I think starting this passion project, despite the pandemic, really opened my eyes to my own capabilities and how I can help people in my own way.

What gets you out of bed on the worst of days?
My love for art and people.

What fears hold you back?
The fear of not being good enough and the fear of failing.

Despite these fears of mine, I learned to accept that failing is an opportunity to learn, and the fear of not being good enough can help me strive to learn to accept myself and to continuously improve myself without being pressured to be something I am not.

What are 3 things about yourself that you did not choose?
Three things I did not choose but I was blessed with are:
1. Being an only child
2. Growing up with my mother and grandparents
3. Being a Filipino

What are 3 things that you did choose for yourself?
Three things I chose and continue to choose are:
1. My set of friends
2. My set of values that I deeply consider as my non-negotiables
3. My career path

I am proud of the people I have in my life. I have never met such selfless human beings who continue to strive to live not only for themselves but also for the betterment of the lives of others.

What aspect of your identity is most precious to you?
Being a woman. I think growing up where women were viewed as vulnerable gave way to the feeling of wanting and striving to become stronger.

How do you express yourself most effectively?
I communicate well through speaking and through my art.

What are the situations that are hardest for you to speak up in?
Situations where I find myself in a room of people who negatively talk about others make me feel the most uncomfortable.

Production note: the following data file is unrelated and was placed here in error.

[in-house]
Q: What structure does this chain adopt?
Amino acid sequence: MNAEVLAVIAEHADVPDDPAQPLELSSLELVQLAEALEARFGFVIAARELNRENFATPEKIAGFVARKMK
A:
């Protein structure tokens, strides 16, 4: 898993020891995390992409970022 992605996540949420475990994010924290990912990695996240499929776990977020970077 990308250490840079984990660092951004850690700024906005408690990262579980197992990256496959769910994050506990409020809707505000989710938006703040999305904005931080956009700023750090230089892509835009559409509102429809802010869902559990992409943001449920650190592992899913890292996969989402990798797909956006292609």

Even though as humans it is inevitable that we talk about others, I do believe that it is better to be careful with the words we choose to say and that if it is needed, it is better to confront and simply be honest with the things we feel.

How do you want to use your voice?
I want to use my voice as a way to make people feel more accepted.

Who is a woman whose voice you can’t get enough of?
My grandmother, Carmelita. I have never met a woman so gentle, selfless, and loving as she is. She even inspired and made me excited to become a grandmother someday!

What is a story you have to tell?
It’s not so much of a story but something I have learned through time — that we can always choose to love.

In moments we are filled with anger and our patience is being tested, we can always choose to step back and be the better person.

Headline History

The titles for the VOICES Series come from Exercise #2 in the Permission to Speak Workbook. The exercise, “You have more power than you know,” encourages participants to choose a title from a list that is offered, or — if none of those titles feels right — to make up one of their own.

“Each of us is our own harshest critic, most of the time,” the workbook says. “We don’t always see ourselves as we are. We instinctively try to hide many things about ourselves — our failures, our mistakes, our weaknesses, our obsessions. …But the things that make you you also give you power.”

Each woman interviewed for the VOICES Series either chose a title for herself from this list, or gave herself a title of her own making.